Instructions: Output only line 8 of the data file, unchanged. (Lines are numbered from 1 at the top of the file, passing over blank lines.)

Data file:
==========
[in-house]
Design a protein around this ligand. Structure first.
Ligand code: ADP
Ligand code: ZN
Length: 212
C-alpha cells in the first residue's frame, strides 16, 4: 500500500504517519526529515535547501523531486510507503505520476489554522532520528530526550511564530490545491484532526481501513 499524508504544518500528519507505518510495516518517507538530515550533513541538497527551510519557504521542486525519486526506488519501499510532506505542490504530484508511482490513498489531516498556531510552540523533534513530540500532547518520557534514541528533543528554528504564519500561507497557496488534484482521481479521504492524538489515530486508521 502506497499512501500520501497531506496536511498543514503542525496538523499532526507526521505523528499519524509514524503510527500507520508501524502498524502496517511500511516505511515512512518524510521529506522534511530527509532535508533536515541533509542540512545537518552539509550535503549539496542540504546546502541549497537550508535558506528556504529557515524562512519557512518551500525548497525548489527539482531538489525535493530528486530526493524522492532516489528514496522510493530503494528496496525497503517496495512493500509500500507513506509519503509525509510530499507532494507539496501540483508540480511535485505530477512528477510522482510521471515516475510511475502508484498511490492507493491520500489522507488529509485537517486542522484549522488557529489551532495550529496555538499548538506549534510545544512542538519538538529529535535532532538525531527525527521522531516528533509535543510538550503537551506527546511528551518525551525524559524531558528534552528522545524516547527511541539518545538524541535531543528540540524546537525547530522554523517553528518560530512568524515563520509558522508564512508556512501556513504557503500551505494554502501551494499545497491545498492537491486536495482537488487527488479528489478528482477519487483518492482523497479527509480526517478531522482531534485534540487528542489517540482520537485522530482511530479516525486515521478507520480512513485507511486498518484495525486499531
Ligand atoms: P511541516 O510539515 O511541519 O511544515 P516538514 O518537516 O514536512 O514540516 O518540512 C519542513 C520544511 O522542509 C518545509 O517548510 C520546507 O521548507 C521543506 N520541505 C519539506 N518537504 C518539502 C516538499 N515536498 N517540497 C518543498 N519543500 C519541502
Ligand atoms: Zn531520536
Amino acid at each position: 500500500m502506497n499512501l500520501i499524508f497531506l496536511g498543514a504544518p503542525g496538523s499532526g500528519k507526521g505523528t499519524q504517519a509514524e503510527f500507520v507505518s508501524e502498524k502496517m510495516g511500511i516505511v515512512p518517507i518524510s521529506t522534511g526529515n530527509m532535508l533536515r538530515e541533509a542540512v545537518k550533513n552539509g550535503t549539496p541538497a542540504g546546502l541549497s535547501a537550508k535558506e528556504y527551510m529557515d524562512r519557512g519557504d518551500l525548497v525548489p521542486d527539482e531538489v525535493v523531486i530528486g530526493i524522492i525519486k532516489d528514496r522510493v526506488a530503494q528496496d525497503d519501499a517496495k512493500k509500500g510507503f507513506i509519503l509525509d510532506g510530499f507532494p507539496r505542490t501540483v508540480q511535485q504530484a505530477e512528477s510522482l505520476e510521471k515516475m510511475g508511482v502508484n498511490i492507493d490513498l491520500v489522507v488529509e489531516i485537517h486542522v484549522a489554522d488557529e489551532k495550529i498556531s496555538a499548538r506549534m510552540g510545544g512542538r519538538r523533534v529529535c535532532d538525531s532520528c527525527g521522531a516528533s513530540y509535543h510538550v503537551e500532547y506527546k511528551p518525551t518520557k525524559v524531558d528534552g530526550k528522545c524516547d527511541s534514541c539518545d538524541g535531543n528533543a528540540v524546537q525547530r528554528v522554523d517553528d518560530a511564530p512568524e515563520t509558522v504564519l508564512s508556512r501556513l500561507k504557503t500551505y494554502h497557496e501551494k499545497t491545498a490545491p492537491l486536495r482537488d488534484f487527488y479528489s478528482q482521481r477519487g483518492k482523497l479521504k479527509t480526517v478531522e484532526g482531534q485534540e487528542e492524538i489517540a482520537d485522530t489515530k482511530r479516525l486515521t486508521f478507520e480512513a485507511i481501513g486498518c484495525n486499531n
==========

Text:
Ligand atoms: Zn531520536